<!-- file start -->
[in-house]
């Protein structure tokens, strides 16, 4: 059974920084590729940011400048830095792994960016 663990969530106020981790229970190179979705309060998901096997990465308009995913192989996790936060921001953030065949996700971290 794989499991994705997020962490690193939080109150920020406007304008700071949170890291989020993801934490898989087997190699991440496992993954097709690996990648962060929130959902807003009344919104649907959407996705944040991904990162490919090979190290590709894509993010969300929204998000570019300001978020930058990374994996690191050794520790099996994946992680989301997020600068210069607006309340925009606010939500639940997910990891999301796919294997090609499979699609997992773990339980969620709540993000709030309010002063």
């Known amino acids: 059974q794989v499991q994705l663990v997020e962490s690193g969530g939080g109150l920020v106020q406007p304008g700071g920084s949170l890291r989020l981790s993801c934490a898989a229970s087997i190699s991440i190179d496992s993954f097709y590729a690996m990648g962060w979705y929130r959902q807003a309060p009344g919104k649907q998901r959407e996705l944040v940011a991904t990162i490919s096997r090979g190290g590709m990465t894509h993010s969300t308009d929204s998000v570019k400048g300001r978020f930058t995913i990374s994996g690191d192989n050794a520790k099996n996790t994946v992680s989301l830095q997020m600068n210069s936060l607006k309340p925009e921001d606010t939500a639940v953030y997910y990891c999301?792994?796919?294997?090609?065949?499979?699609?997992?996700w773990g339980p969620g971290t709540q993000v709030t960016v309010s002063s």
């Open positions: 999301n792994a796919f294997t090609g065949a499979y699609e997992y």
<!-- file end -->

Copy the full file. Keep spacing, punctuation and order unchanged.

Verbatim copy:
[in-house]
């Protein structure tokens, strides 16, 4: 059974920084590729940011400048830095792994960016 663990969530106020981790229970190179979705309060998901096997990465308009995913192989996790936060921001953030065949996700971290 794989499991994705997020962490690193939080109150920020406007304008700071949170890291989020993801934490898989087997190699991440496992993954097709690996990648962060929130959902807003009344919104649907959407996705944040991904990162490919090979190290590709894509993010969300929204998000570019300001978020930058990374994996690191050794520790099996994946992680989301997020600068210069607006309340925009606010939500639940997910990891999301796919294997090609499979699609997992773990339980969620709540993000709030309010002063």
């Known amino acids: 059974q794989v499991q994705l663990v997020e962490s690193g969530g939080g109150l920020v106020q406007p304008g700071g920084s949170l890291r989020l981790s993801c934490a898989a229970s087997i190699s991440i190179d496992s993954f097709y590729a690996m990648g962060w979705y929130r959902q807003a309060p009344g919104k649907q998901r959407e996705l944040v940011a991904t990162i490919s096997r090979g190290g590709m990465t894509h993010s969300t308009d929204s998000v570019k400048g300001r978020f930058t995913i990374s994996g690191d192989n050794a520790k099996n996790t994946v992680s989301l830095q997020m600068n210069s936060l607006k309340p925009e921001d606010t939500a639940v953030y997910y990891c999301?792994?796919?294997?090609?065949?499979?699609?997992?996700w773990g339980p969620g971290t709540q993000v709030t960016v309010s002063s």
């Open positions: 999301n792994a796919f294997t090609g065949a499979y699609e997992y």